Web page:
Friday, July 30, 2010


DON’T IT ALWAYS SEEM TO GO?: Well we might as well make a week of it.

After watching the disgusting display of lies and half truths as well as the attempts to complicate a simple matter in order to undo a previous attempt to legalize the illegal we’ll attempt to wrap it up with a “fact sheet” on the recently passed transient vacation rentals (TVRs) bill to refute many of the statements made by councilmembers on Wednesday.

First, the simple story which we’ve presented a few times regarding the legal issues.

Under state law HRS 205-6, “Special permit”:

(a) Subject to this section, the county planning commission may permit certain unusual and reasonable uses within agricultural and rural districts other than those for which the district is classified.

This has always been the case even before the Kobayashi opinion and all through the years leading up to the passage of Ordinance 864 on March 7, 2008.

However no one- not anyone with a TVR on residential or ag land- has ever applied for, much less received one. Under questioning Wednesday two deputy county attorneys verified both the availability and lack of applications.

Therefore no one had a legally operating TVR previous to March 7, 2008 when the ordinance attempted to legalize existing TVRs- ones that had been operating without special use permits- in the residentially zoned land by creating a process for “grandfathering” them while banning new ones.

Wednesday’s law allowed TVR owners on agriculturally zoned land to apply for permits once again even though they had essentially been cut off on March 7, 2008 when none were legally operating with a special use permit from the planning commission.

Many councilmembers have attempted to make an issue of a case note on HRS 46-4 (all the way at the bottom).

It says:

"Lawful use" and "previously lawful", as used in this section and land use ordinance, respectively, refer to compliance with previous zoning laws, not the building codes or other legal requirements that may be applicable to the construction or operation of a structure. 86 H. 343 (App.), 949 P.2d 183.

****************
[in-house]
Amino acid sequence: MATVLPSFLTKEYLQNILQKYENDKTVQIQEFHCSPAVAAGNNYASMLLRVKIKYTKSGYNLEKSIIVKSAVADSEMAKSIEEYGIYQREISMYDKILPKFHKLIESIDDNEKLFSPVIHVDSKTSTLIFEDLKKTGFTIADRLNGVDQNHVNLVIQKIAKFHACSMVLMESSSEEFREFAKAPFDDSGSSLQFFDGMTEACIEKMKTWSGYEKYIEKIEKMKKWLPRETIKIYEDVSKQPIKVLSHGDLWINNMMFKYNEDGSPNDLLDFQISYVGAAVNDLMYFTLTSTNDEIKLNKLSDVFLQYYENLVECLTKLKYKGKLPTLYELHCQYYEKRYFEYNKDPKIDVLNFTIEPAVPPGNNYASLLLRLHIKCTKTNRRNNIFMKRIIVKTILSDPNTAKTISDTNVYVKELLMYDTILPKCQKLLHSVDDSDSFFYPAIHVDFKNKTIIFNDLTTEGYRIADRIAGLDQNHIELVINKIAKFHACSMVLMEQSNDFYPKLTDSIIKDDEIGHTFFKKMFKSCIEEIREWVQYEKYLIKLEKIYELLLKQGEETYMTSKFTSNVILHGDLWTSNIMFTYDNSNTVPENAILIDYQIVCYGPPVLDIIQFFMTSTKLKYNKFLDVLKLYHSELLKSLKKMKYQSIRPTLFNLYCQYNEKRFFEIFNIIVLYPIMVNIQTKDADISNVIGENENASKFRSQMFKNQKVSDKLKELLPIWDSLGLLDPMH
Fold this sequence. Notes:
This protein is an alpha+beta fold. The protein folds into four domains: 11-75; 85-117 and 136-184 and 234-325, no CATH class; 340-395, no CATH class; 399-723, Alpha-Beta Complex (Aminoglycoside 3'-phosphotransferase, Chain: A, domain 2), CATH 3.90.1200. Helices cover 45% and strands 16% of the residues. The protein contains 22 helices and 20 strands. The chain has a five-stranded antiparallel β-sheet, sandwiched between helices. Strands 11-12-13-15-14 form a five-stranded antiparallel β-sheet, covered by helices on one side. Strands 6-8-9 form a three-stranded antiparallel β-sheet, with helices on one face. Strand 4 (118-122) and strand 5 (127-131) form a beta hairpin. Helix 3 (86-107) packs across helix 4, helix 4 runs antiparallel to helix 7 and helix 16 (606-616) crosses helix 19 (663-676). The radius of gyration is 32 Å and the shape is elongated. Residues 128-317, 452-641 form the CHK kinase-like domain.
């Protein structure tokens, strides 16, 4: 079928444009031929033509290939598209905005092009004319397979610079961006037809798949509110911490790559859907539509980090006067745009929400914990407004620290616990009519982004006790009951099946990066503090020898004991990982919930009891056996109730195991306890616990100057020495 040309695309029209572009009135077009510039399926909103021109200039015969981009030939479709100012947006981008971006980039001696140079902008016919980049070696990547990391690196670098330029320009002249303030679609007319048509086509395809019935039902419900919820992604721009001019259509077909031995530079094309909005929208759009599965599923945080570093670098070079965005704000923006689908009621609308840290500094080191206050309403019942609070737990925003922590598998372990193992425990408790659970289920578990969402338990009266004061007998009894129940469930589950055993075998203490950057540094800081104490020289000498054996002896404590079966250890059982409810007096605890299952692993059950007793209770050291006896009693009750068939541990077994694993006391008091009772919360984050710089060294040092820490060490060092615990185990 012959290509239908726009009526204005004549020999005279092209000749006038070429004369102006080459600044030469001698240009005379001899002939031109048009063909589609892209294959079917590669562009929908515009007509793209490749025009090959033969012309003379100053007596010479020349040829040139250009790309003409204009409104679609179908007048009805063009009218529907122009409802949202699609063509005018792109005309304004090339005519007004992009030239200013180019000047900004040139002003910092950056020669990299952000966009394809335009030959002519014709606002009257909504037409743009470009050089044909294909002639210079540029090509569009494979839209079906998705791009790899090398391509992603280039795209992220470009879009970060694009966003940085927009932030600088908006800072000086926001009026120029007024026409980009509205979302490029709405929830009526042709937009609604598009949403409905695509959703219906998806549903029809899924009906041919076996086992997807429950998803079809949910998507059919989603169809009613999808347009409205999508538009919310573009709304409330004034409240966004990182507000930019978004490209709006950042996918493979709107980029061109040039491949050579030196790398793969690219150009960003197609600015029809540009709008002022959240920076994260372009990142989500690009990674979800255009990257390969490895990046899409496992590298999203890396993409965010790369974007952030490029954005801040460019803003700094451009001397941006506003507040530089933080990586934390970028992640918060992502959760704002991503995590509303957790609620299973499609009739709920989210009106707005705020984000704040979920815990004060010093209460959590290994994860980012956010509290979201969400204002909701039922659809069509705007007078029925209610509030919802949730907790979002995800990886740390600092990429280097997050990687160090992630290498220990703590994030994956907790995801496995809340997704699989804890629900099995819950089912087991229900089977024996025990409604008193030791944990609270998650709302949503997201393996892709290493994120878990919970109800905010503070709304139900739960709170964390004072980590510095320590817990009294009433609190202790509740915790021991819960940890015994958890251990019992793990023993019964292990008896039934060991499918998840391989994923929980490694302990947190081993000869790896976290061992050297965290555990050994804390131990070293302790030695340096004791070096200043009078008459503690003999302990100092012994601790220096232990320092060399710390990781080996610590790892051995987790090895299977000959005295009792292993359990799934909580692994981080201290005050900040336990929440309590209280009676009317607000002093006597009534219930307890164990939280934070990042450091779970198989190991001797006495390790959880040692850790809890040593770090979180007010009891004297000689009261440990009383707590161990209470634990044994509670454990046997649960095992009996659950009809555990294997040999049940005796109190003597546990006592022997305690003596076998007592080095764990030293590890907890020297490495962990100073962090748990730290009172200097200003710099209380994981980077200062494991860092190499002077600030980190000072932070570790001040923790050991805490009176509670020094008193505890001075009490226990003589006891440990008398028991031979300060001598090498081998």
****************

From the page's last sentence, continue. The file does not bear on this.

Both county attorneys and councilmembers who cite this note on “county zoning” procedures and “grandfathering” often conflate building codes, which may not be used to amortize or phase out uses, and zoning issues which may be used to deny grandfathering.

The lack of a special use permit is a undoubtedly a zoning violation not a building code violation and this is the key point that makes the claim that this section requires the gutting of 864 and the establishment of a process for ag land TVRs, at best a mistaken notion at worst a disingenuous falsehood.

Don’t forget- it isn’t the structure that is illegal, it’s the use of the structure for a TVR without a special use permit that violates the law.

Based on this let’s look at some of Wednesday’s statements and their veracity. For our purposes half-truths and equivocal statements to convey confusion are considered false

1) This bill will not create any new TVRs

False. There are no existing TVRs because TVRs require a special use permit and, according to both planning and the county attorney’s office there are no permits. Though the structures exist the TVR status does not. Any that are approved now will therefore be “new”